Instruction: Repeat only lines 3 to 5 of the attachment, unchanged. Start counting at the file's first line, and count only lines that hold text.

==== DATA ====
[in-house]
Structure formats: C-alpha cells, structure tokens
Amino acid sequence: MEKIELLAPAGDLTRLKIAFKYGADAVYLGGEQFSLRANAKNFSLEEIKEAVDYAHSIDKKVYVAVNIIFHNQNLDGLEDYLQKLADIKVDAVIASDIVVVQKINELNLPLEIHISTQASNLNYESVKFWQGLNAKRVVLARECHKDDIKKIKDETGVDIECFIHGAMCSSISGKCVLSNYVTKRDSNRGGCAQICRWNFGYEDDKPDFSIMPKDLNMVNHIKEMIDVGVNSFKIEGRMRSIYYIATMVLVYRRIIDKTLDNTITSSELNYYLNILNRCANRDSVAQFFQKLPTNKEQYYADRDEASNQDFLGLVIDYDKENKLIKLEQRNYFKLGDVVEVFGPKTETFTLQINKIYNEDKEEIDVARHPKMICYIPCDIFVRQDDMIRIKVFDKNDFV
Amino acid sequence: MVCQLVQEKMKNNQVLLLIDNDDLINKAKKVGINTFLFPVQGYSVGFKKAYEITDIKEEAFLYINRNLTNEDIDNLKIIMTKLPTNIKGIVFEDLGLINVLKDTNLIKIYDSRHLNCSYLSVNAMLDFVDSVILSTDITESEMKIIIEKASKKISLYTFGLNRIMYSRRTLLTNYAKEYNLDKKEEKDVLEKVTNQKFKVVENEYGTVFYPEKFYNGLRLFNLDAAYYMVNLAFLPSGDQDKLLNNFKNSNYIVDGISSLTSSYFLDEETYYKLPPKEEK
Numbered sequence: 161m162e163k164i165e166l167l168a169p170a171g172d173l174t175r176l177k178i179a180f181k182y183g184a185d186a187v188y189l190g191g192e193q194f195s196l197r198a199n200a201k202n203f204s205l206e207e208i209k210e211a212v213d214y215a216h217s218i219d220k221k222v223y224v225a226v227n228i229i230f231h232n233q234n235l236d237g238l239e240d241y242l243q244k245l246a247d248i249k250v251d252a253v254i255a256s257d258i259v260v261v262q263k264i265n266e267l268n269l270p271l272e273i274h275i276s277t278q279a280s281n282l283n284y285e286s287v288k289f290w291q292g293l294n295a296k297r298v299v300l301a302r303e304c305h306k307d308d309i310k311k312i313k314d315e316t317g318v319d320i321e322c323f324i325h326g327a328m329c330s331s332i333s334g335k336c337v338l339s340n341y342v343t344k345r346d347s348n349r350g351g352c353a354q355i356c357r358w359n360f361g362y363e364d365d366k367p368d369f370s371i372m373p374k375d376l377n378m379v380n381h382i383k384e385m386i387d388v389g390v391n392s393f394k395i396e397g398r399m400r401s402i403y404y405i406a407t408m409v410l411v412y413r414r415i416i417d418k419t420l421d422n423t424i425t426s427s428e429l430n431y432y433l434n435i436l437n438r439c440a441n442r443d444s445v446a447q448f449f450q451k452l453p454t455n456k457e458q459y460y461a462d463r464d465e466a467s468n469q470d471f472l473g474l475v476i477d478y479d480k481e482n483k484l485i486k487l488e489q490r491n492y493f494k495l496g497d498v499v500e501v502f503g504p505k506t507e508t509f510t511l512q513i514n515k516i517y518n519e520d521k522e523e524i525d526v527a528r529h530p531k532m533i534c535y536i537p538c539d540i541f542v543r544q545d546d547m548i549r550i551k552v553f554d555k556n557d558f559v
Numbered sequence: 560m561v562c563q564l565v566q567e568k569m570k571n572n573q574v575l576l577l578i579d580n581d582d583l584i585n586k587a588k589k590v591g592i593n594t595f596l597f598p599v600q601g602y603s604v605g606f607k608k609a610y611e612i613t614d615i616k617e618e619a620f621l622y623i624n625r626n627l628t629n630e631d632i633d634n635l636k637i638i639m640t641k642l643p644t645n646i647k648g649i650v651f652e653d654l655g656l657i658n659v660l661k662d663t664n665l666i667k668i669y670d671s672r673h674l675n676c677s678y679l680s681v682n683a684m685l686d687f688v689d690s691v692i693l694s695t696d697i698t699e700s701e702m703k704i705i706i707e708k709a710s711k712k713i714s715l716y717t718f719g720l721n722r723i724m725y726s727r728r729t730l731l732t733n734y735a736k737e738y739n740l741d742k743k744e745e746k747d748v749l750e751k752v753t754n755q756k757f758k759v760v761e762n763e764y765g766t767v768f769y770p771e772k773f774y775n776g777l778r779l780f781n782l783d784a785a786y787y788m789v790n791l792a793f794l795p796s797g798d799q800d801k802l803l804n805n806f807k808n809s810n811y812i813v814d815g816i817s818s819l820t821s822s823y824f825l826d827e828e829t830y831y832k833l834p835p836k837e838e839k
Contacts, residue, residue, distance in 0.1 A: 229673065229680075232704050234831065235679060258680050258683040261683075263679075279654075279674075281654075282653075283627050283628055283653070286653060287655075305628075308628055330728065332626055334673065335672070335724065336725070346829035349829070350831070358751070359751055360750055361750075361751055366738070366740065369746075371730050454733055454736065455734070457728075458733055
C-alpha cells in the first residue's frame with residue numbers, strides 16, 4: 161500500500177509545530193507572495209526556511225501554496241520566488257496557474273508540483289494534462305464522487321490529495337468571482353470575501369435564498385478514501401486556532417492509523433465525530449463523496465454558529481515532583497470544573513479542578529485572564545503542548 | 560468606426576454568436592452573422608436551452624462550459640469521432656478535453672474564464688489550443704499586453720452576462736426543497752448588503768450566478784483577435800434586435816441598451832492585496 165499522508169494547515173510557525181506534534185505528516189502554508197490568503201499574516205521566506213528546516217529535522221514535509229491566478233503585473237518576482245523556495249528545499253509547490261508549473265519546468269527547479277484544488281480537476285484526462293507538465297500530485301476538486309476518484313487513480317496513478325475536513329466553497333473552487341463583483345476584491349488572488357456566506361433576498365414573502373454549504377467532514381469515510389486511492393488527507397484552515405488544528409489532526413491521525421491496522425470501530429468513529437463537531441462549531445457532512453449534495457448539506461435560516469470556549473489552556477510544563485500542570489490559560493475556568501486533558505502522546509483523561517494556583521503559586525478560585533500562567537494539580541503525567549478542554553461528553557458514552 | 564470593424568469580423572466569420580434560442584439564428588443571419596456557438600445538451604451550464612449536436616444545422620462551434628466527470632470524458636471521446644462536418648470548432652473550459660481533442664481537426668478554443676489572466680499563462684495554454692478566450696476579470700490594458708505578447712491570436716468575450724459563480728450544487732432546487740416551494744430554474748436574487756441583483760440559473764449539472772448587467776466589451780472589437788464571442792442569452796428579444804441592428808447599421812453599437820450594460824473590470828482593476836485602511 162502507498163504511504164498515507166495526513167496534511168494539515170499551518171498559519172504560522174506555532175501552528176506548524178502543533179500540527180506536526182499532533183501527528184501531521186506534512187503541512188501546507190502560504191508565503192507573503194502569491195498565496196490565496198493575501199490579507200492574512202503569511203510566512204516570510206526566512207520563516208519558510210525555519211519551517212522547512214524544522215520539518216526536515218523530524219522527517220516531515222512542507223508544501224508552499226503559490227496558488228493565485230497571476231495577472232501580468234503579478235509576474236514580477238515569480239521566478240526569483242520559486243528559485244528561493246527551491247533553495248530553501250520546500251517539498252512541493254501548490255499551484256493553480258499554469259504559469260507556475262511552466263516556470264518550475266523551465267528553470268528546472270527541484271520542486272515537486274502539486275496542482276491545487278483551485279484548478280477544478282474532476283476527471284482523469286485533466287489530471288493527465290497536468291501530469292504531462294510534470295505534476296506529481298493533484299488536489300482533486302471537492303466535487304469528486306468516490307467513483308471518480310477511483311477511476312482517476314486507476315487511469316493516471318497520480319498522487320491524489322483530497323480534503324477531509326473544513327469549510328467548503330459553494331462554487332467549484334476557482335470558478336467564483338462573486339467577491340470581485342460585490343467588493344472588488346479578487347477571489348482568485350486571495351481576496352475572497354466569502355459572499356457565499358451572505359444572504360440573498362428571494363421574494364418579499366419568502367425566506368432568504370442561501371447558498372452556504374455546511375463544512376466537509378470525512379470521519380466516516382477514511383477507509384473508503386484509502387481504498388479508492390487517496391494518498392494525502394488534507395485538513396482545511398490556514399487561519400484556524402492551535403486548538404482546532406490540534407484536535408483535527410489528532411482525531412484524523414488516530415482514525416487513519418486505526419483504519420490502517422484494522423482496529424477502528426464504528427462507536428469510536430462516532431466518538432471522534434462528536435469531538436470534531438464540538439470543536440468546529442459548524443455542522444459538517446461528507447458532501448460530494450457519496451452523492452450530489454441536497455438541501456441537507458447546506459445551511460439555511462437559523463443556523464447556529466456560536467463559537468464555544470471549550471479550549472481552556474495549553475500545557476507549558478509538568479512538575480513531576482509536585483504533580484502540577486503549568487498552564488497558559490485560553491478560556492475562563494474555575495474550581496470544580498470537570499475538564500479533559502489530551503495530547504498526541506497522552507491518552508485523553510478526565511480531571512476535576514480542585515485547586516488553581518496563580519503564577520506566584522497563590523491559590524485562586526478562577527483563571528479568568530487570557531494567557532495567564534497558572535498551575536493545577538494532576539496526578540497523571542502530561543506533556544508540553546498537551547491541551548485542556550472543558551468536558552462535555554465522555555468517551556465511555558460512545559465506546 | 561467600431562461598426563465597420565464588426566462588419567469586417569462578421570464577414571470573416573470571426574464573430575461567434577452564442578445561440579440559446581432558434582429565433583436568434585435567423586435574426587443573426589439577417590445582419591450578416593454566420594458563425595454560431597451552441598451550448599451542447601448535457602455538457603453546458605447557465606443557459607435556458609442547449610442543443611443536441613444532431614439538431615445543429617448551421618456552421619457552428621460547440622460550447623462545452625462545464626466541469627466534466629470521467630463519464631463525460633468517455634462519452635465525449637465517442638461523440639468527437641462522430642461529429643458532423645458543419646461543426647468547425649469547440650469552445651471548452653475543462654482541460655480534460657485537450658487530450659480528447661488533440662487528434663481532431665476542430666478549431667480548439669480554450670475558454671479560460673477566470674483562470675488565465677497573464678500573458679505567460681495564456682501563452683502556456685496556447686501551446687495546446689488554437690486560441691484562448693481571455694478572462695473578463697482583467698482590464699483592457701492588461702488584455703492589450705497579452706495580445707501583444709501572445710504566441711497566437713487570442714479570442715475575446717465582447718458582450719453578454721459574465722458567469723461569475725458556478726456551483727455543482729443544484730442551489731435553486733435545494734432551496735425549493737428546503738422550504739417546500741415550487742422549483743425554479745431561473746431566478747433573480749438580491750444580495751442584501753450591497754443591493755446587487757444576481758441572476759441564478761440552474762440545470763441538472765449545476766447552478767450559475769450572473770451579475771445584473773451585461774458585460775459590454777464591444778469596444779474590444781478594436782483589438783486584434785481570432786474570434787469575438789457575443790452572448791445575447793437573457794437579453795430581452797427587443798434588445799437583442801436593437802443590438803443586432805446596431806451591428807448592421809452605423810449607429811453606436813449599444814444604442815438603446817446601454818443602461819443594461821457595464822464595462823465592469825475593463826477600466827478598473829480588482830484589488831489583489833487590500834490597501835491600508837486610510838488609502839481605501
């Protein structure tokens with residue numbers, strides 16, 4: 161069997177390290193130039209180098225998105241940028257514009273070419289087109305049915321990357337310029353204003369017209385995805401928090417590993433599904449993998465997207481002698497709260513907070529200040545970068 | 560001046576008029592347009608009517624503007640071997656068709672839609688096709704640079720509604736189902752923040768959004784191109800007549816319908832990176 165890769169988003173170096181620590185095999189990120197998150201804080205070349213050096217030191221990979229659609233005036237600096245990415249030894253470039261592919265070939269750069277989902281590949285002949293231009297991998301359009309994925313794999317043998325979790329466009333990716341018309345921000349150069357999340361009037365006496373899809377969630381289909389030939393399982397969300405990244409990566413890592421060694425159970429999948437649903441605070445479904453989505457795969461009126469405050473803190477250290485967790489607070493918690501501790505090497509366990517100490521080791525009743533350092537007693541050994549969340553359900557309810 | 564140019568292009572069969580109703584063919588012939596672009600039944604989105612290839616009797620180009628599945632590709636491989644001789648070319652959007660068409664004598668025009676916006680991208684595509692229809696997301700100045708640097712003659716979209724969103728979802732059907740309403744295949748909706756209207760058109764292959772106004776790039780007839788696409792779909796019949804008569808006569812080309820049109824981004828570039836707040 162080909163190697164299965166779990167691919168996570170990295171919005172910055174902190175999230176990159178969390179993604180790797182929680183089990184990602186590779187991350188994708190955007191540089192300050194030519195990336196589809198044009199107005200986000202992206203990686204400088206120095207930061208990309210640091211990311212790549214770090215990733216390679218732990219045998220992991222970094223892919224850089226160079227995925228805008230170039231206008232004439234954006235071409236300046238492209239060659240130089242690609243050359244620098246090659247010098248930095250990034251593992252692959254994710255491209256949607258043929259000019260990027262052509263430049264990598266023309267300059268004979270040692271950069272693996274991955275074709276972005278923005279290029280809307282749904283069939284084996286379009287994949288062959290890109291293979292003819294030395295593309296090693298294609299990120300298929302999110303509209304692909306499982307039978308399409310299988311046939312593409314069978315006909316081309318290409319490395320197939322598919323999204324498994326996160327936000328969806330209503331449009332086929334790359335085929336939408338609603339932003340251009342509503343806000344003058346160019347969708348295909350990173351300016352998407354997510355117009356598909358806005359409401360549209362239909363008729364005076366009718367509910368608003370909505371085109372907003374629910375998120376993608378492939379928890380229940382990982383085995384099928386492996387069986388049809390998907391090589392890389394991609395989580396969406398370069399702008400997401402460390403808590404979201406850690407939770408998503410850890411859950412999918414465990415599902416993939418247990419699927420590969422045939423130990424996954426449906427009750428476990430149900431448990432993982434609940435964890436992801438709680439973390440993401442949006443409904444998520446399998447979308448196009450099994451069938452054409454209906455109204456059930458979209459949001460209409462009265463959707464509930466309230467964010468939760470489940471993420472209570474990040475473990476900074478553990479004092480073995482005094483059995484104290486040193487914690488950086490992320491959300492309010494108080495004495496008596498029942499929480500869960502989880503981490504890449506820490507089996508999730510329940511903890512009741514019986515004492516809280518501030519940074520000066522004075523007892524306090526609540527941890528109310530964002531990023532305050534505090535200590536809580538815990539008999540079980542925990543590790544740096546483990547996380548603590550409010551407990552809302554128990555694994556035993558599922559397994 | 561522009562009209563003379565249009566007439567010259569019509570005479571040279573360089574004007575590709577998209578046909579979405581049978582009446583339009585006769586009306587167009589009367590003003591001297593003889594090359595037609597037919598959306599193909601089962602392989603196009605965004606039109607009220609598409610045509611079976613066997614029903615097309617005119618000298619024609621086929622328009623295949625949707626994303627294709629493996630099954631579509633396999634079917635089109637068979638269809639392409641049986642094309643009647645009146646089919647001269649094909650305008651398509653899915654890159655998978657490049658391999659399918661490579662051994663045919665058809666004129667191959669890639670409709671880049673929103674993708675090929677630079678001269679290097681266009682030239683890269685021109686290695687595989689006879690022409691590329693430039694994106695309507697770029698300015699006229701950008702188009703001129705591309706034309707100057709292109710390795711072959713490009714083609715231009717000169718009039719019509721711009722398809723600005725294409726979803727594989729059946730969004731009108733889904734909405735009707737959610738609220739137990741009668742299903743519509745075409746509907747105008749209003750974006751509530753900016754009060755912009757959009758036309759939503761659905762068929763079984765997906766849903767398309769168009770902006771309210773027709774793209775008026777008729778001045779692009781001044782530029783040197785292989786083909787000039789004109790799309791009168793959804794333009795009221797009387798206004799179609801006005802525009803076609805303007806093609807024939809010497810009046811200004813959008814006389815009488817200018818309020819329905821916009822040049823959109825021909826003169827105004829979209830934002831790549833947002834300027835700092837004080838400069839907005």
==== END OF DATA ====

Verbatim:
Amino acid sequence: MEKIELLAPAGDLTRLKIAFKYGADAVYLGGEQFSLRANAKNFSLEEIKEAVDYAHSIDKKVYVAVNIIFHNQNLDGLEDYLQKLADIKVDAVIASDIVVVQKINELNLPLEIHISTQASNLNYESVKFWQGLNAKRVVLARECHKDDIKKIKDETGVDIECFIHGAMCSSISGKCVLSNYVTKRDSNRGGCAQICRWNFGYEDDKPDFSIMPKDLNMVNHIKEMIDVGVNSFKIEGRMRSIYYIATMVLVYRRIIDKTLDNTITSSELNYYLNILNRCANRDSVAQFFQKLPTNKEQYYADRDEASNQDFLGLVIDYDKENKLIKLEQRNYFKLGDVVEVFGPKTETFTLQINKIYNEDKEEIDVARHPKMICYIPCDIFVRQDDMIRIKVFDKNDFV
Amino acid sequence: MVCQLVQEKMKNNQVLLLIDNDDLINKAKKVGINTFLFPVQGYSVGFKKAYEITDIKEEAFLYINRNLTNEDIDNLKIIMTKLPTNIKGIVFEDLGLINVLKDTNLIKIYDSRHLNCSYLSVNAMLDFVDSVILSTDITESEMKIIIEKASKKISLYTFGLNRIMYSRRTLLTNYAKEYNLDKKEEKDVLEKVTNQKFKVVENEYGTVFYPEKFYNGLRLFNLDAAYYMVNLAFLPSGDQDKLLNNFKNSNYIVDGISSLTSSYFLDEETYYKLPPKEEK
Numbered sequence: 161m162e163k164i165e166l167l168a169p170a171g172d173l174t175r176l177k178i179a180f181k182y183g184a185d186a187v188y189l190g191g192e193q194f195s196l197r198a199n200a201k202n203f204s205l206e207e208i209k210e211a212v213d214y215a216h217s218i219d220k221k222v223y224v225a226v227n228i229i230f231h232n233q234n235l236d237g238l239e240d241y242l243q244k245l246a247d248i249k250v251d252a253v254i255a256s257d258i259v260v261v262q263k264i265n266e267l268n269l270p271l272e273i274h275i276s277t278q279a280s281n282l283n284y285e286s287v288k289f290w291q292g293l294n295a296k297r298v299v300l301a302r303e304c305h306k307d308d309i310k311k312i313k314d315e316t317g318v319d320i321e322c323f324i325h326g327a328m329c330s331s332i333s334g335k336c337v338l339s340n341y342v343t344k345r346d347s348n349r350g351g352c353a354q355i356c357r358w359n360f361g362y363e364d365d366k367p368d369f370s371i372m373p374k375d376l377n378m379v380n381h382i383k384e385m386i387d388v389g390v391n392s393f394k395i396e397g398r399m400r401s402i403y404y405i406a407t408m409v410l411v412y413r414r415i416i417d418k419t420l421d422n423t424i425t426s427s428e429l430n431y432y433l434n435i436l437n438r439c440a441n442r443d444s445v446a447q448f449f450q451k452l453p454t455n456k457e458q459y460y461a462d463r464d465e466a467s468n469q470d471f472l473g474l475v476i477d478y479d480k481e482n483k484l485i486k487l488e489q490r491n492y493f494k495l496g497d498v499v500e501v502f503g504p505k506t507e508t509f510t511l512q513i514n515k516i517y518n519e520d521k522e523e524i525d526v527a528r529h530p531k532m533i534c535y536i537p538c539d540i541f542v543r544q545d546d547m548i549r550i551k552v553f554d555k556n557d558f559v